Early in the parenting process, I found out why our Founding Fathers granted us the right to discipline our kids. It's because kids touch everything. And by "everything" I mean "things they shouldn't." And by "things they shouldn't" I mean "everything that's ÜBER EXPENSIVE and HIGHLY BREAKABLE … and the toilet."
Not long after Ella began to walk, she decided it was well within her right to put her hands everywhere. She touched the television, the DVR, the computer, the shelf of DVDs (and every individual DVD she could get out of its case), the button that turns on and off the dishwasher, and, I'm not sure how she did it, but once she touched the remote in a way that left us without TV volume for three days.
They were the longest three days of my life.
For months my wife and I followed her around the house, stopping her grubby little hands from poking at our stuff, waving our fingers and telling her over and over again, "No, no, we don't touch that" and "No, no, you can't pick that up." The term "no, no" became so commonplace in our house, that for a short period of time Ella thought it was her name. How was your day, Nono? Did you enjoy Dora, Nono?
Then, one day out of the blue, I saw her standing there, facing the television, waving her finger saying, "No, no." "No, no." A breakthrough! It was as adorable as it was promising. She finally understood that she wasn't supposed to touch the TV. Then she sneezed all over it. Then she touched it.
This memory popped back in my head the other night, when Ella (now 3 years old) and I (now older than I'd like to admit) were putting together a giant floor puzzle. She'd suddenly grown up so fast. Her long hair was a departure from the hairless head that used to sneeze on our TV. Her meticulous placement of puzzle pieces on the floor instead of in her mouth reminded me that she's not the little girl with whom I waved my finger. She's mature. She's adult-like. She's a Timeout girl now. I was proud and a little sad all at once.
As we nearly finished the puzzle, one spot sat empty—and yet there were no more pieces in the box. "Where did it go?" I asked Ella. She shrugged and recommended we form a search party. We raided the house like a swat team raiding a drug bust, finding nothing unusual but dust and a few rogue Cheerios that had found refuge under our couch. After exhausting all options, I noticed a round edge sticking out from under the left leg of Sylvia, Ella's Cabbage Patch Kid.
"I think Sylvia has been hiding it from us!" I said.
Immediately Ella got a serious look on her face. She stormed over to her doll and picked her up. "We don't hide puzzle pieces from others, Sylvia," she said. "You're going in Timeout." With a firm grip, she marched Sylvia through Klems Manor to the southeast corner of our dining room—the one Ella has grown familiar with from her own Timeout experiences. She stood her up and pointed her face into the corner. Mimicking my "serious voice," she repeated to Sylvia over and over that's it's not OK to hide things when others are looking for them, just like I'd done to her on other occasions. After several minutes, she finally let Sylvia out and, with a softer voice, she said:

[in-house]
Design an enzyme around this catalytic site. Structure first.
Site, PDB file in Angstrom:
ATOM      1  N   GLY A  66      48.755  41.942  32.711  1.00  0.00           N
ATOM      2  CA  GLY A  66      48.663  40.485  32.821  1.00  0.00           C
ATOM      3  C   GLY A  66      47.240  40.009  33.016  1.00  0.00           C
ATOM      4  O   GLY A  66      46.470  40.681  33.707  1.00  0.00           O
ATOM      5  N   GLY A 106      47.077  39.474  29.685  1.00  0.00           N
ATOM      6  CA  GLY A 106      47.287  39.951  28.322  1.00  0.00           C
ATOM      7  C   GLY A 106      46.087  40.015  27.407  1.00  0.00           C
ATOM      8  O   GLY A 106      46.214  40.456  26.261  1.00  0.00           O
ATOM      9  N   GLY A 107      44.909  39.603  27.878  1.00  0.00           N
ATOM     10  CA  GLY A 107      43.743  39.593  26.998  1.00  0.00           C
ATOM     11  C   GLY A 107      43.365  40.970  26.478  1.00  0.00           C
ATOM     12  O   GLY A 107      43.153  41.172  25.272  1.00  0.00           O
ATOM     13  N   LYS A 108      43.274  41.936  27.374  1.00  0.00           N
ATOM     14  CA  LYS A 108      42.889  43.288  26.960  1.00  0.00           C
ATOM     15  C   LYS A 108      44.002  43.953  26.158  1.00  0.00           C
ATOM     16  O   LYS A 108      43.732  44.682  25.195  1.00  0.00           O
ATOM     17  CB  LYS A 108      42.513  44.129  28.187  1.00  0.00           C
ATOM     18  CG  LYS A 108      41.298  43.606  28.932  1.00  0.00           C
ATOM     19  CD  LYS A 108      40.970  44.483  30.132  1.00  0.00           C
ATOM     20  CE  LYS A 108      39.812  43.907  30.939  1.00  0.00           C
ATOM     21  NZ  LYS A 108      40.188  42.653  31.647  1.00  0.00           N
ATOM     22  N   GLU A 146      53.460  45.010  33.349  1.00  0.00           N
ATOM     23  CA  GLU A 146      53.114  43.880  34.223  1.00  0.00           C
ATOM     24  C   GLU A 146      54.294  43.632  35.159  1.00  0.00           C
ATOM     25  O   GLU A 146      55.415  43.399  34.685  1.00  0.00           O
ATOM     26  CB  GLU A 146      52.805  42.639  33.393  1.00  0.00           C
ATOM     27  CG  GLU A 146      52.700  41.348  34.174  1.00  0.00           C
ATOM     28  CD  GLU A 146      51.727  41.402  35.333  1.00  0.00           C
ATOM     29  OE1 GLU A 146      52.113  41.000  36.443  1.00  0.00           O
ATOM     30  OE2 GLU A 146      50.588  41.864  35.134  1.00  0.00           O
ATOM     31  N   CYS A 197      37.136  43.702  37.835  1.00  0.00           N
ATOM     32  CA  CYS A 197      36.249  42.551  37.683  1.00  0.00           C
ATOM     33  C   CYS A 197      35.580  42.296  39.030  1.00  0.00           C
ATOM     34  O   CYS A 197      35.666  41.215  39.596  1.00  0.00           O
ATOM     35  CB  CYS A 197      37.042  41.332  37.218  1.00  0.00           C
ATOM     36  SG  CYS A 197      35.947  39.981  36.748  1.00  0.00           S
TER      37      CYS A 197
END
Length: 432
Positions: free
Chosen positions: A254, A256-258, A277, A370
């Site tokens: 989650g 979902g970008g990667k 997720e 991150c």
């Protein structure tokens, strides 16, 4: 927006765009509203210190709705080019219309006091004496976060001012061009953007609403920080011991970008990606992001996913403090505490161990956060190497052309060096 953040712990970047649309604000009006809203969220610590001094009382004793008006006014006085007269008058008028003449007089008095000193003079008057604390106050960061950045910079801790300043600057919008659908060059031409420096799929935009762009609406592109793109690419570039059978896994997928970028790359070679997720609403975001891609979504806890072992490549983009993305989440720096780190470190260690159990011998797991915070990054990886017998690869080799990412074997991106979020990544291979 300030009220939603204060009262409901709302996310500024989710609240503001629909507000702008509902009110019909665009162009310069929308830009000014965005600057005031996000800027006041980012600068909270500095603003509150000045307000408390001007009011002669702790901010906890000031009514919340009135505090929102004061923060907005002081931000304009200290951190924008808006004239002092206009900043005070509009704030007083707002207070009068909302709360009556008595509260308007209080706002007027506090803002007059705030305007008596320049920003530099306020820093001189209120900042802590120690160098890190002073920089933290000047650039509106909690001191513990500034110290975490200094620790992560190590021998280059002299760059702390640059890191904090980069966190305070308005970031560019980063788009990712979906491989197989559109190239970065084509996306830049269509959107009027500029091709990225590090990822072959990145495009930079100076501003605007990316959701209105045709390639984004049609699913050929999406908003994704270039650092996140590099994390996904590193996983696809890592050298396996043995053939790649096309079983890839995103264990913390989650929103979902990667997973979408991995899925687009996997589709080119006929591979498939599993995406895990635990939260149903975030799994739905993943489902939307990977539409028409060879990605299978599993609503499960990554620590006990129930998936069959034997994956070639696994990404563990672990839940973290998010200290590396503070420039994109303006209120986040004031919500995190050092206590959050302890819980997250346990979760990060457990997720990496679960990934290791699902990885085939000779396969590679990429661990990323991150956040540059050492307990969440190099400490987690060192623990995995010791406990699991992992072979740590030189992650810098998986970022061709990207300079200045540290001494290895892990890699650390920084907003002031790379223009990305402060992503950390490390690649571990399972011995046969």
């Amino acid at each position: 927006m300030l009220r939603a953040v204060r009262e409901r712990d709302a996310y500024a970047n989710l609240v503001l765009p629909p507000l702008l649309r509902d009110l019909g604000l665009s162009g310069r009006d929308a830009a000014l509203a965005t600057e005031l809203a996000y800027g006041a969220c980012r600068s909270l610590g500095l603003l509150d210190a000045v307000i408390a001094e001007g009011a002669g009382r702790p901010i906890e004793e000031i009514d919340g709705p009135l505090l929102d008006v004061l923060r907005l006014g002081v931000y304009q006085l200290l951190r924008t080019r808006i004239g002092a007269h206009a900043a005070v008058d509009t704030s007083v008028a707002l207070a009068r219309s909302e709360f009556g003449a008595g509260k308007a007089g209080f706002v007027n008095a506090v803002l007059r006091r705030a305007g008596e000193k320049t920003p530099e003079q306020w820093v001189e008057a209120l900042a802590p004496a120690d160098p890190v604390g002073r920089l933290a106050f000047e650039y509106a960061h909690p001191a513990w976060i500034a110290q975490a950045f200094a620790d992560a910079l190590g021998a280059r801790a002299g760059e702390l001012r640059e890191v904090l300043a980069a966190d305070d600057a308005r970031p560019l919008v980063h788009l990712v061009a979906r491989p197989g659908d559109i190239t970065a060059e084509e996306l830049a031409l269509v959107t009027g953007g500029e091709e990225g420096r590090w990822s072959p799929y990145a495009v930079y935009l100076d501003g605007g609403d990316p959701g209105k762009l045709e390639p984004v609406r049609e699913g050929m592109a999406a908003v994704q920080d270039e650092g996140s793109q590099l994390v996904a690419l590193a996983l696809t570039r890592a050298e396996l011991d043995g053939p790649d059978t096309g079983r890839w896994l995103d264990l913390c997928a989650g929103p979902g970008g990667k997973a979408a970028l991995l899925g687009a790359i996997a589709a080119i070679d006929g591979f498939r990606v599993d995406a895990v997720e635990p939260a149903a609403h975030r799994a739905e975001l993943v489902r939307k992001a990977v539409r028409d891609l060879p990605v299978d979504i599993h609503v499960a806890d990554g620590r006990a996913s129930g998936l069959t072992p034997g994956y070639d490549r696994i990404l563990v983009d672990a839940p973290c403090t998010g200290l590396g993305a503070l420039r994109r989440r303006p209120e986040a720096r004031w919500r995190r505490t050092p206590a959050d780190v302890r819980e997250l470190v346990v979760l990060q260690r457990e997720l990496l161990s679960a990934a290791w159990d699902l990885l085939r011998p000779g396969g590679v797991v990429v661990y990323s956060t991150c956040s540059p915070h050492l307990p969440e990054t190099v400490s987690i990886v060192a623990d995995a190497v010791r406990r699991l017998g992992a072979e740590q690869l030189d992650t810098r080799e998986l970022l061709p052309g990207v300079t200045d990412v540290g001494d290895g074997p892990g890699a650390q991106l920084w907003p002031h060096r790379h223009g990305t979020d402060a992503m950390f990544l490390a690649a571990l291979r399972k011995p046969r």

"Come here Sylvia. I hope you've learned that you don't hide things when others need them. You shouldn't have taken the puzzle piece from us. Do you promise never to do it again? (Long pause.) OK, good. Now give me a kiss and tell me you're sorry."I was dumbfounded. Her punishment and lecture were spot-on the ones I'd handed her for jumping on the couch and knocking over her sister and putting our icepack in the toilet (Note: If you're at our house, don't use our icepack). It really hit home when she brought Sylvia out to the living room and made her apologize to me too. Then Ella set her back on the floor and completed the puzzle.
That day I learned that our kids not only pay close attention to our words, but also our actions. Every time Ella's down and I smile at her, I know she passes that smile along to someone else who may need it more. Every time I give her a hug, she shares that hug with others and brightens their day. And every time I discipline her, she shares that discipline with an unsuspecting Cabbage Patch Kid whose only fault was sitting too close the puzzle when we opened the box.
I'm not sure what discipline methods our Founding Fathers had in mind, but I know they would probably approve of the judicial system at Klems Manor. And as I watched Sylvia sit there, quietly minding her own business, I saw Anna (now 21 months old) march up to her, wave a finger in her face and carry her back into Timeout corner.
"No, no, Sylvia. No, no."
Apparently there's a new Nono in town.
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